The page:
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Postmortem microbiology sampling following death in hospital: an ESGFOR task force consensus statement
  1. Julian L Burton1,
  2. Veroniek Saegeman2,
  3. Ana Arribi3,
  4. Jordi Rello4,
  5. Laurent Andreoletti5,
  6. Marta C Cohen6,
  7. Amparo Fernandez-Rodriguez7
  8. On behalf of ESGFOR Joint Working Group of the European Society of Clinical Microbiology and Infectious Diseases (ESCMID) Study Group of Forensic and Postmortem Microbiology and the European Society of Pathology.
  1. 1 Academic Unit of Medical Education, University of Sheffield Medical School, Sheffield, UK
  2. 2 Clinical Laboratory, University Hospitals Leuven, Leuven, Belgium
  3. 3 Microbiology Department, Hospital Clínico Universitario San Carlos, Madrid, Spain
  4. 4 CIBERES and Vall d’Hebron Institute of Research, Barcelona, Spain
  5. 5 Molecular and Clinical Virology Department, University of Reims Champagne-Ardenne, Reims, France
  6. 6 Histopathology Department, Sheffield Children’s NHS Foundation Trust, Sheffield, UK
  7. 7 Microbiology Laboratory, Biology Department, Instituto Nacional de Toxicología y Ciencias Forenses, Las Rozas, Spain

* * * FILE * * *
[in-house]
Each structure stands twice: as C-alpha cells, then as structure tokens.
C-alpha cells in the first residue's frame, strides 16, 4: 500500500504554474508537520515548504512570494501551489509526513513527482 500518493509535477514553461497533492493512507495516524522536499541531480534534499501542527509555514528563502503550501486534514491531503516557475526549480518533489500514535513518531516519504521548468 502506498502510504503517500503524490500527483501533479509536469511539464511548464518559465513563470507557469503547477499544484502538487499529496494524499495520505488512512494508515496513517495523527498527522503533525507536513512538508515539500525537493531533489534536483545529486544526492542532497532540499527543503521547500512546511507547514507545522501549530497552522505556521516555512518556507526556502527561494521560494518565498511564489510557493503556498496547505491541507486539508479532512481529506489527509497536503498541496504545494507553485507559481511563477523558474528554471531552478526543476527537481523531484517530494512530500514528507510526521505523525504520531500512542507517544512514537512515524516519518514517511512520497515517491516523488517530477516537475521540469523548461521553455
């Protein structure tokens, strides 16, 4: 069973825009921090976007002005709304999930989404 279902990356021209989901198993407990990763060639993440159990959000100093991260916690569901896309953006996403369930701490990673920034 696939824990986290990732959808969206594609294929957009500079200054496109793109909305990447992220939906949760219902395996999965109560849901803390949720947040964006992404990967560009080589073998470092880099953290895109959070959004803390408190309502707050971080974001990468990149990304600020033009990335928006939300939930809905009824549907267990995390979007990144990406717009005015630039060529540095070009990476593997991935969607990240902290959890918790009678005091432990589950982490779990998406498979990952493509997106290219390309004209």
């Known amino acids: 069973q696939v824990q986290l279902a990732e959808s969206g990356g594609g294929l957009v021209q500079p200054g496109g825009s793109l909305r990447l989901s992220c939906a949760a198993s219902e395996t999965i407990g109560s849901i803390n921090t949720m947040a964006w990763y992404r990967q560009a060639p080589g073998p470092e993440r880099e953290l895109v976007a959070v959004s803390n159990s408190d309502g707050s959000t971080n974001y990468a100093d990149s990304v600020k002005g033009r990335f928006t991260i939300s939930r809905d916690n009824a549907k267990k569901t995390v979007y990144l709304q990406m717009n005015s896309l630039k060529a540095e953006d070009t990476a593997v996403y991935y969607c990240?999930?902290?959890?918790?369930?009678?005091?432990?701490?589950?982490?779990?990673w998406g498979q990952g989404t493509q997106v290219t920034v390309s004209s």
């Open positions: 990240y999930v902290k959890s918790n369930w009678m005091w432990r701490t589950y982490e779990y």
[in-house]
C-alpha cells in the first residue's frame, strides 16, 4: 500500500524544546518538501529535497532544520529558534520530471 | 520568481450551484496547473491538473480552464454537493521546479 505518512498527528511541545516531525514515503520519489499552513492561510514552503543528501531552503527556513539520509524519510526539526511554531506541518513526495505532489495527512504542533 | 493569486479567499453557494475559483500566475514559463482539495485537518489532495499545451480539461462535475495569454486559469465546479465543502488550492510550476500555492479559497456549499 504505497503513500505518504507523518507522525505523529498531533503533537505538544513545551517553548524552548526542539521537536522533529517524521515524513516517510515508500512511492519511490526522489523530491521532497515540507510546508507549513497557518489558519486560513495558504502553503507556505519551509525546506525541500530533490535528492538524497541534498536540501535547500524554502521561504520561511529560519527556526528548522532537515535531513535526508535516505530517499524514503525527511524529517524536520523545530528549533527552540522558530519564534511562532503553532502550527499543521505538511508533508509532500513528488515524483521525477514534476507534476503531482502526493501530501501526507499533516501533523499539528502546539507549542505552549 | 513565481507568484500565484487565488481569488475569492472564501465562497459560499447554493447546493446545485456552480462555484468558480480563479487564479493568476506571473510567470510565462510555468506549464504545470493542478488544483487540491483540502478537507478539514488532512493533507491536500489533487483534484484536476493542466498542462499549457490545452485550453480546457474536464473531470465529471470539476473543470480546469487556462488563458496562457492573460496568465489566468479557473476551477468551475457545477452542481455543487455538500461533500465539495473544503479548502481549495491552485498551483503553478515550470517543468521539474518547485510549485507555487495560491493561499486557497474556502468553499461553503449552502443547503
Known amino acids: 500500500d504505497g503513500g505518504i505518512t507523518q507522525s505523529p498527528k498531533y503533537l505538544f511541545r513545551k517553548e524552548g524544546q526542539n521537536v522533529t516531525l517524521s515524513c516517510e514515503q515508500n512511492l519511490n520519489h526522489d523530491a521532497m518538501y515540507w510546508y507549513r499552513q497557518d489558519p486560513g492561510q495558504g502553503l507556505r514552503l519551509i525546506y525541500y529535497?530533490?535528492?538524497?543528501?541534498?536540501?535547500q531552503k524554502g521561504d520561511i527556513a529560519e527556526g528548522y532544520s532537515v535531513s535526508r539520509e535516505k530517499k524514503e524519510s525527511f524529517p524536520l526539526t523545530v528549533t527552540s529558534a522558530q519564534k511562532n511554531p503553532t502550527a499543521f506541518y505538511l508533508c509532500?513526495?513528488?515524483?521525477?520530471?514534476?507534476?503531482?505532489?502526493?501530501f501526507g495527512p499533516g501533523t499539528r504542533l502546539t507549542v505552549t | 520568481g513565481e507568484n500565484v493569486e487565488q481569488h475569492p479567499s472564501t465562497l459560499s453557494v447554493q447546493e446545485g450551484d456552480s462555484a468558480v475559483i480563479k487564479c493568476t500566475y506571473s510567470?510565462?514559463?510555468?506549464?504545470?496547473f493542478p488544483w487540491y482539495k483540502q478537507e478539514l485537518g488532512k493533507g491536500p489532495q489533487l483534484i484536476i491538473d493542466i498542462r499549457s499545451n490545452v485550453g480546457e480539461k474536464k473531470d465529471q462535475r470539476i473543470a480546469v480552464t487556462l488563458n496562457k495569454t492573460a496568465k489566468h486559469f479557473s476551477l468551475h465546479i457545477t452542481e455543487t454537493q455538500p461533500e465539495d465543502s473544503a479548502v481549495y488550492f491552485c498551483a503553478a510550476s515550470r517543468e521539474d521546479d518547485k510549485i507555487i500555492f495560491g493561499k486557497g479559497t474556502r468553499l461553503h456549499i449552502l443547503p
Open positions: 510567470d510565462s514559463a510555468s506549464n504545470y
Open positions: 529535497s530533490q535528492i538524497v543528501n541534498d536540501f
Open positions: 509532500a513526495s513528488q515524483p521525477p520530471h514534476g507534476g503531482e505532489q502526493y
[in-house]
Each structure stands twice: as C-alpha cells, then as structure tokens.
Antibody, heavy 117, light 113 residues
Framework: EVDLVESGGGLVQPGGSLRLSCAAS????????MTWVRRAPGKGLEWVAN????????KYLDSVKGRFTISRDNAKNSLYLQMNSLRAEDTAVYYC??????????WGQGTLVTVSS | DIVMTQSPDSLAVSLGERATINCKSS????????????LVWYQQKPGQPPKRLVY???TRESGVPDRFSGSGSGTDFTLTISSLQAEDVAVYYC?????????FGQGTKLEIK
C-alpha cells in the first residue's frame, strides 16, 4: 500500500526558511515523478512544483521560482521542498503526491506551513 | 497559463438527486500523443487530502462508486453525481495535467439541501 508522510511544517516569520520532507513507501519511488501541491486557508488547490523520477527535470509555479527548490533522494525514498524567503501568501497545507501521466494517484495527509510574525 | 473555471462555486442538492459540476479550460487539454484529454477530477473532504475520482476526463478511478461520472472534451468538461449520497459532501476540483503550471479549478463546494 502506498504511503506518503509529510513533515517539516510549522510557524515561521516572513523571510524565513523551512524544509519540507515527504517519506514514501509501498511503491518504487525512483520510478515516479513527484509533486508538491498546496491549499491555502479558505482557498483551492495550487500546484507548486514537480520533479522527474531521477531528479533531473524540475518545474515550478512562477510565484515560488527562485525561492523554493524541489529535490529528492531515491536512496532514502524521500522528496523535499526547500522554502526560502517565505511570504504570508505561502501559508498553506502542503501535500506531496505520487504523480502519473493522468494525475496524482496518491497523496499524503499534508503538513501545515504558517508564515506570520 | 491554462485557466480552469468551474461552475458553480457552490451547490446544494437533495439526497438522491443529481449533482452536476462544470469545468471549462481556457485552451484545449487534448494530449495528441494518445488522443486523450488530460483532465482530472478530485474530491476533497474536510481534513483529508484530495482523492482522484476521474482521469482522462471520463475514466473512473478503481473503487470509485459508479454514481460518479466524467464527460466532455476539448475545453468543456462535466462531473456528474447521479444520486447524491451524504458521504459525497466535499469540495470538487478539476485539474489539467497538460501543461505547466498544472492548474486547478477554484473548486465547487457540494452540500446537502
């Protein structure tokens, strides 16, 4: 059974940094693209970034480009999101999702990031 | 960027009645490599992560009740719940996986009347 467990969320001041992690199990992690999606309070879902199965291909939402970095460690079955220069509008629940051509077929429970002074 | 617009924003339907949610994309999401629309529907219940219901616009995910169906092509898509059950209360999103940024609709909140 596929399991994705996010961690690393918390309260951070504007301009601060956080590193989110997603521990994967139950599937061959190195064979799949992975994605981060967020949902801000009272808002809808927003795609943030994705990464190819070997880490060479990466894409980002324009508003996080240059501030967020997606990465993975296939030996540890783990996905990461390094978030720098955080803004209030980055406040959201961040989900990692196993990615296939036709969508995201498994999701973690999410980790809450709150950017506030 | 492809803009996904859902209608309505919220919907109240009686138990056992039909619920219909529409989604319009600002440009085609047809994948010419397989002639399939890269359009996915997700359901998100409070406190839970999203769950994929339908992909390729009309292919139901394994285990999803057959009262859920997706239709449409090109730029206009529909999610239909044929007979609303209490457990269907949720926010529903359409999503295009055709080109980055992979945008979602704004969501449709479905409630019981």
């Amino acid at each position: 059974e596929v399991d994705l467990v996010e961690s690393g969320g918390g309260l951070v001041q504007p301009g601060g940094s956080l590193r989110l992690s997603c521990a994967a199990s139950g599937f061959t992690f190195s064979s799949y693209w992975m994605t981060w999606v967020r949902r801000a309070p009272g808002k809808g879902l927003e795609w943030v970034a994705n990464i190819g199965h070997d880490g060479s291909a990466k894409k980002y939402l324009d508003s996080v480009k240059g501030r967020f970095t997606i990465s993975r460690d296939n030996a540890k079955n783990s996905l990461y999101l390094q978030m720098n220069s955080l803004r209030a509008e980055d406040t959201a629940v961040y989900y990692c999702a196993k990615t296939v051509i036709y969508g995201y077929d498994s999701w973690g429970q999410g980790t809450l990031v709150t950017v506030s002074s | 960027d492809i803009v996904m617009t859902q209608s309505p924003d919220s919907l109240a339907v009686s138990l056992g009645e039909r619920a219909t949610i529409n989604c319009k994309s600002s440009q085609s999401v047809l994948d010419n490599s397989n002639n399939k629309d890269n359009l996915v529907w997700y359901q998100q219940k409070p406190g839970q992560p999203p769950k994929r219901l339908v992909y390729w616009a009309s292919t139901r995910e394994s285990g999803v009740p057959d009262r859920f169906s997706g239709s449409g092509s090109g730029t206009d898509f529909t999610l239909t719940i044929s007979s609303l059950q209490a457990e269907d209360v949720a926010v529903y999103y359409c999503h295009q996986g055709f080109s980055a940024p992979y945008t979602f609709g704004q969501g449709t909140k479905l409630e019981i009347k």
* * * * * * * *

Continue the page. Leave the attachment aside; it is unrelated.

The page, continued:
1. Correspondence to Dr Julian L Burton, Academic Unit of Medical Education, University of Sheffield Medical School, Sheffield S10 2RX, UK; j.l.burton{at}sheffield.ac.uk

Abstract

Postmortem microbiology (PMM) is a valuable tool in the identification of the cause of death and of factors contributory to death where death has been caused by infection. The value of PMM is dependent on careful autopsy planning, appropriate sampling, minimisation of postmortem bacterial translocation and avoidance of sample contamination. Interpretation of PMM results requires careful consideration in light of the clinical history, macroscopic findings and the histological appearances of the tissues. This consensus statement aims to highlight the importance of PMM in the hospital setting and to give microbiological and pathological advice on sampling in deaths occurring in hospital.

  • autopsy
  • postmortem
  • microbiology
  • virology

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Footnotes

  • Handling editor Tony Mazzulli.

  • Contributors This submission is the result of a collaborative writing project and all authors have contributed to the writing and redrafting of the article.

  • Funding The authors have not declared a specific grant for this research from any funding agency in the public, commercial or not-for-profit sectors.

  • Competing interests None declared.

  • Patient consent for publication Not required.

  • Provenance and peer review Not commissioned; externally peer reviewed.

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